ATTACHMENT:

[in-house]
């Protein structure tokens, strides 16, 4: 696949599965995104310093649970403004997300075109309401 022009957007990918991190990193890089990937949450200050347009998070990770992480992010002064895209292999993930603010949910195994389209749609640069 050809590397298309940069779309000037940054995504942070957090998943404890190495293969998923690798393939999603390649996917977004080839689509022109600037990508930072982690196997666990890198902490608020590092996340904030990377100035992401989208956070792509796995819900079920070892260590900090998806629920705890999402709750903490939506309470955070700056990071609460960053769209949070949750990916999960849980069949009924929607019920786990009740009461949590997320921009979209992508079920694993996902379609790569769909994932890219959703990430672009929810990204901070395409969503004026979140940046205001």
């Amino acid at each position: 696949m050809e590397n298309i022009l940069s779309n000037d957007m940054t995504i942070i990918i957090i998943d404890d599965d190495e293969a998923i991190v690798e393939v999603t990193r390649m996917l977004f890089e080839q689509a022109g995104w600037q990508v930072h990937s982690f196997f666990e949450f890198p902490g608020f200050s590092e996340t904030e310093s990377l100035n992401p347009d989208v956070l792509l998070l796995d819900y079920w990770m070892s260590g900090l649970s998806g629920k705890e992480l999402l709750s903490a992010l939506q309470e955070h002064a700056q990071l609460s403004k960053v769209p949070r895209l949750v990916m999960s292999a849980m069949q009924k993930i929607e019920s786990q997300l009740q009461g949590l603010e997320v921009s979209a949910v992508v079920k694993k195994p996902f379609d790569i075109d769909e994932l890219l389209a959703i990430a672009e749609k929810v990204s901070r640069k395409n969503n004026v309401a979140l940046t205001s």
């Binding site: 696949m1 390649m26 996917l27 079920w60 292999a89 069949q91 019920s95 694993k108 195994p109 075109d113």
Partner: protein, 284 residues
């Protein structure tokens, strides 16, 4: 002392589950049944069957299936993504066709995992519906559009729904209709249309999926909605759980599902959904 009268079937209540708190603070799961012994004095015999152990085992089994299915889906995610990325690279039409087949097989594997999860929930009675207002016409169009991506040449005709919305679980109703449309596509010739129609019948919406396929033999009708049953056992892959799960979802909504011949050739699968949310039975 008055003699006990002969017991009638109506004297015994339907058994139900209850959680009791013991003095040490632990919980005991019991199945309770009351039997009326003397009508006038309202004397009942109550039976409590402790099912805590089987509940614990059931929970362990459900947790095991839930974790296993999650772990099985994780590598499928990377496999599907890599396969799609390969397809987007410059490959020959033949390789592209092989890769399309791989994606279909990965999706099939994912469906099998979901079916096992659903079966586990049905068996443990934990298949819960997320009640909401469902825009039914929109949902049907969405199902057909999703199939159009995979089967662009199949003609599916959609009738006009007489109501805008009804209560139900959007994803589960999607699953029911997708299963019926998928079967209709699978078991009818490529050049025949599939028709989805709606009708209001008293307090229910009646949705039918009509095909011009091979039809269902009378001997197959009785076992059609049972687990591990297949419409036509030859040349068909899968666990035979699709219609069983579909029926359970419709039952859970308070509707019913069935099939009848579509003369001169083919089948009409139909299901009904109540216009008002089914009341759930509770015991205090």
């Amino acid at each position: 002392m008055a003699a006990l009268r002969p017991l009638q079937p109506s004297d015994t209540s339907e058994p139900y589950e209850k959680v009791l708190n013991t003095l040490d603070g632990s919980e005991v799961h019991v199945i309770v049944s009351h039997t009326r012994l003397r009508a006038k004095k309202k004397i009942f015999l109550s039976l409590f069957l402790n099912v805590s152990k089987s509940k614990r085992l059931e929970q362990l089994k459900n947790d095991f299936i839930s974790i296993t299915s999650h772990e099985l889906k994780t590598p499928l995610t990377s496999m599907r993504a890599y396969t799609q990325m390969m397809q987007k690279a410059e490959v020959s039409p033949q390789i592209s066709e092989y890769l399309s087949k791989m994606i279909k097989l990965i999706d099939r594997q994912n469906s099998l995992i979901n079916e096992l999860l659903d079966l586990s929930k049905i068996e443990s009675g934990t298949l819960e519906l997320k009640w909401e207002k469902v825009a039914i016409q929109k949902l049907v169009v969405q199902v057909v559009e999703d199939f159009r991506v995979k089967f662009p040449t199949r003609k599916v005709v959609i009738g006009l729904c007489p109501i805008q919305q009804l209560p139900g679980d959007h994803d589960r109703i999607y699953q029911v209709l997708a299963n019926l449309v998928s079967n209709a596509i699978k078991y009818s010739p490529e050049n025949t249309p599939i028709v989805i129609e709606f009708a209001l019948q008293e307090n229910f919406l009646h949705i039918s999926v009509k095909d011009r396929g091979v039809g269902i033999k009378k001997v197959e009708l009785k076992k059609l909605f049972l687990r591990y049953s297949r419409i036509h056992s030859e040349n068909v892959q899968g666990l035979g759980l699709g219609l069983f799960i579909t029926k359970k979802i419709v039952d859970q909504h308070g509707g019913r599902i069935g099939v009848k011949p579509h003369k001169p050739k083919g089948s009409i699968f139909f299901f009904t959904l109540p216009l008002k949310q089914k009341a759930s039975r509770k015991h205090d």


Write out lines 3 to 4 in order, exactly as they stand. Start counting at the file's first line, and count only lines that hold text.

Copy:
């Amino acid at each position: 696949m050809e590397n298309i022009l940069s779309n000037d957007m940054t995504i942070i990918i957090i998943d404890d599965d190495e293969a998923i991190v690798e393939v999603t990193r390649m996917l977004f890089e080839q689509a022109g995104w600037q990508v930072h990937s982690f196997f666990e949450f890198p902490g608020f200050s590092e996340t904030e310093s990377l100035n992401p347009d989208v956070l792509l998070l796995d819900y079920w990770m070892s260590g900090l649970s998806g629920k705890e992480l999402l709750s903490a992010l939506q309470e955070h002064a700056q990071l609460s403004k960053v769209p949070r895209l949750v990916m999960s292999a849980m069949q009924k993930i929607e019920s786990q997300l009740q009461g949590l603010e997320v921009s979209a949910v992508v079920k694993k195994p996902f379609d790569i075109d769909e994932l890219l389209a959703i990430a672009e749609k929810v990204s901070r640069k395409n969503n004026v309401a979140l940046t205001s």
């Binding site: 696949m1 390649m26 996917l27 079920w60 292999a89 069949q91 019920s95 694993k108 195994p109 075109d113």